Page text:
Antique-Lovers’ Paradise Returns to Petoskey
Ready your wallet and your walking shoes: The sprawling Antiques at the Fairgrounds is back in Petoskey — twice
— and as always, it’ll be chock full of everything from artwork to furniture to unusual souvenirs.
AT THE FAIR
Dave Fraser is a longtime antiques dealer with over 30 years of experience, and he manages this year’s
pair of Petoskey antiques shows with his wife, Lena, from their home in Torch Lake. “Petoskey’s been running
this show for 22 years, and I took it over after Emmet County revamped the fairgrounds,” Fraser explained. “The
show was at NCMC for four years, then I took it over. We have two shows this year — one the first week of July, and
one the first week of August.”
Antiques at the Fairgrounds is a curated show, meaning not just anyone can show up and sell antiques. The dealers
are vetted by Fraser and his crew to make sure there aren’t any reproductions or false antiques being sold. “We
bring in over 170 big dealers from New York, Iowa, Wisconsin, South Carolina, Florida — mainly folks from east of the
Mississippi, plus some dealers from Texas,” Fraser said. “There are four full buildings of dealers, and 14 group
tents outdoors, with several dealers in each tent.”
KEEPING IT REAL
A wide variety of antiques are
offered, with the focus on true antiques and repurposed antiques. No arts and crafts are allowed; antiques are the star
and all are carefully displayed so buyers can get a great view of what’s available. “Some of these dealer’s
booths are like a museum,” Fraser said. “It’s amazing how they get such a large amount of stuff set up
and displayed so quickly. I don’t know how they do it. And I’m often awed by the condition of some of the pieces.
Plus the dealers are really knowledgeable and can often tell you the history of the piece you’re looking at.”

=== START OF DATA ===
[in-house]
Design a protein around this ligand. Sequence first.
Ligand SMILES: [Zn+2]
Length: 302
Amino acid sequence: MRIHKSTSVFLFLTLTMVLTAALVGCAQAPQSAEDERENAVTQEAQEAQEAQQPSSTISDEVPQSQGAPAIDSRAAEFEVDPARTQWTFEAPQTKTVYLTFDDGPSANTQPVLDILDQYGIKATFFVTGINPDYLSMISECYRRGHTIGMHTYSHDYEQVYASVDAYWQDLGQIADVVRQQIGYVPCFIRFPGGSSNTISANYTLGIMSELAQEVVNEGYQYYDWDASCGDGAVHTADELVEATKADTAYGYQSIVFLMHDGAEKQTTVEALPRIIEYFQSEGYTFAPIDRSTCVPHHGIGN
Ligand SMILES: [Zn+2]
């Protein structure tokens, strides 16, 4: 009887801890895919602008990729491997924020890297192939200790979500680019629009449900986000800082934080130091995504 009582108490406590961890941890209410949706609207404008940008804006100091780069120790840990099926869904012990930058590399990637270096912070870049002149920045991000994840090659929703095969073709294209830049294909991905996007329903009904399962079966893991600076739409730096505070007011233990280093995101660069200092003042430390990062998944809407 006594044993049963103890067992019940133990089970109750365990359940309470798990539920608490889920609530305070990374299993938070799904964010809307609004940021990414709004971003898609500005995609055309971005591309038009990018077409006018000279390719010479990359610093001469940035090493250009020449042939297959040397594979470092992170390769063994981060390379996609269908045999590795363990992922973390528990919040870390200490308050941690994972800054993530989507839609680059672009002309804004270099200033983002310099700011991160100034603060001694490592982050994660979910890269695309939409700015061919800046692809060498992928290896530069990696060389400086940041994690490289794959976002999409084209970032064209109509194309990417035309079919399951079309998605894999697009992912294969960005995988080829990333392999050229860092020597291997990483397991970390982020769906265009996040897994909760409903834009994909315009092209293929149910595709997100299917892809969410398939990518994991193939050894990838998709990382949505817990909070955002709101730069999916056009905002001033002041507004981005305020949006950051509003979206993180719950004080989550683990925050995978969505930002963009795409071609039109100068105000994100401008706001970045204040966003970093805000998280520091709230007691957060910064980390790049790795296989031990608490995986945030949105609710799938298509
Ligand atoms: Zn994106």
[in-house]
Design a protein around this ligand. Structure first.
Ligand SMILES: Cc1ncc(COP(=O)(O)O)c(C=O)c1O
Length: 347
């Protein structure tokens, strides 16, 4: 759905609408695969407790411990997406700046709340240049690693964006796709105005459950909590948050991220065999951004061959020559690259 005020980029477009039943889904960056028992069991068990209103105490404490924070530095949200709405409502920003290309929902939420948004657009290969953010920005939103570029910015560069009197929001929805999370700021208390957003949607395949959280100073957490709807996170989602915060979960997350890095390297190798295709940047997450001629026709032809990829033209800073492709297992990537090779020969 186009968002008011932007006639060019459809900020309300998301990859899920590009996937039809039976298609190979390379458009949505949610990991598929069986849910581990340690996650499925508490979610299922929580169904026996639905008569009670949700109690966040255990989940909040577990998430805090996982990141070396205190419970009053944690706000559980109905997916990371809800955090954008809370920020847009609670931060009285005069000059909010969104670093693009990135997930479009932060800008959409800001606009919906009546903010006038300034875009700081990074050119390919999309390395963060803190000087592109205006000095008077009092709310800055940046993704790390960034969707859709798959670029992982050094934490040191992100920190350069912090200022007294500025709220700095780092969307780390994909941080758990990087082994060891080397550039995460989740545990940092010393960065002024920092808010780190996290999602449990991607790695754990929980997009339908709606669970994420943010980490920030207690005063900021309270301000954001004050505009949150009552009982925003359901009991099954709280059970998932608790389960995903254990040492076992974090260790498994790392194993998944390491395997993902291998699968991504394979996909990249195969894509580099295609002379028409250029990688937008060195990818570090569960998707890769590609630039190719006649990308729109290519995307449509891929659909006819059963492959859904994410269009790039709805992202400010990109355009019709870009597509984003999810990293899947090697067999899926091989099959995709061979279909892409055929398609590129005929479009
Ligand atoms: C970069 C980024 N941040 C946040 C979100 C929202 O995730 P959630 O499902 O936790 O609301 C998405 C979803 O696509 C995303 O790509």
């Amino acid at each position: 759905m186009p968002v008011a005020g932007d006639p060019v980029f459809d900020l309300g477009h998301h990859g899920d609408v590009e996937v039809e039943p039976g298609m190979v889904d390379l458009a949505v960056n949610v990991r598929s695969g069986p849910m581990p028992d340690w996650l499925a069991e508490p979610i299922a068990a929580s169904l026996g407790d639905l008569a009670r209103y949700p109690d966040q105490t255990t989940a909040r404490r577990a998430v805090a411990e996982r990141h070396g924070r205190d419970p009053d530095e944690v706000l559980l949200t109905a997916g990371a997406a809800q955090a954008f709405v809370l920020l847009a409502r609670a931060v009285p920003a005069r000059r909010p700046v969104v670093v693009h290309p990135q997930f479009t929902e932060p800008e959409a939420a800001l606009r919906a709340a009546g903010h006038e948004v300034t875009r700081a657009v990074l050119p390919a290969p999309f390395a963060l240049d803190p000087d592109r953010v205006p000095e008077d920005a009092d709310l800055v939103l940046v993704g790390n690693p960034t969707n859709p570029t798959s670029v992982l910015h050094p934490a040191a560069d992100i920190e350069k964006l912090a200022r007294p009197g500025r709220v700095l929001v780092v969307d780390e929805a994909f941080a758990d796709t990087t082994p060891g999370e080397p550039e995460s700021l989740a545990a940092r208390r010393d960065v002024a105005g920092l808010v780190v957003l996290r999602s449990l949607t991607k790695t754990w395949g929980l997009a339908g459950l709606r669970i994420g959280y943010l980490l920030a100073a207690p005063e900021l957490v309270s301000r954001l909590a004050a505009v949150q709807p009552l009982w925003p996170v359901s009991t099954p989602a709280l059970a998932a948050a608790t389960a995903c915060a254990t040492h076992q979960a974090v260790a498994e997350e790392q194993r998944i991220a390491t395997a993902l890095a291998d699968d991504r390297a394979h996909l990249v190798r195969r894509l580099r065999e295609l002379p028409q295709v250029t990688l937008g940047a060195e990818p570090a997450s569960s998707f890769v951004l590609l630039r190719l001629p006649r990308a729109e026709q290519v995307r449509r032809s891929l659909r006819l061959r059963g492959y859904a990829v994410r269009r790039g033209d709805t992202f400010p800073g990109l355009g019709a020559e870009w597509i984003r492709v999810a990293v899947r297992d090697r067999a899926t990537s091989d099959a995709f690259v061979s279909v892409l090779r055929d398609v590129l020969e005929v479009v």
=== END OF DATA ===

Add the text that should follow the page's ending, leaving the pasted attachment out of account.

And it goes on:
INDUSTRY TO COUNTRY
The newest thing for collectors over the past couple of years has been the industrial look,
Fraser said: “Everything from the industrial side of the 1930s — metal tables on wheels, lots of industrial light
fixtures.” Furniture from Victorian to country-style is another big category, as are china dishes, high-end glass
items, textiles and quilts, and both vintage costume and high-end jewelry. “You’ll also see a lot of outdoor
furniture, especially wicker from the turn of the century, and metal furniture that I call hotel furniture — these
wonderful old metal and enameled pieces from the ’40s and ’50s,” he said. Rustic cottage furniture is
also popular with people who are looking to refurnish their cottage in the style of the era it was built.
Artworks and decorative items are in full force at this market too. “Our dealers offer lots of paintings
by artists from the 1910s to the 1970s,” Fraser said. “And you can also find a lot of architectural salvage
pieces, like finials and newels or iron work.” And you’ll find plenty of unusual items, such as the 1930s outboard
motors sold by one of Fraser’s dealers. “Another one carries these great Old Town canoes out of Maine,”
he said. “But pretty much everything sells, in every category.
You can spent a lot — some of our paintings
go for up to $8,000 — or you can just pick up something great for five or 10 bucks.”
The 2016 Antiques
at the Fairgrounds events will be held July 2–3 and Aug. 6–7. Parking is free, admission is $5 per person for
the weekend. Hours are Saturday 9am–5pm and Sunday 10am–4pm. Food available on site for purchase from Julienne
Tomatoes (of Petoskey) and Bubba’s BBQ (of Wolverine). For more information visit antiquesatthefairgrounds.com.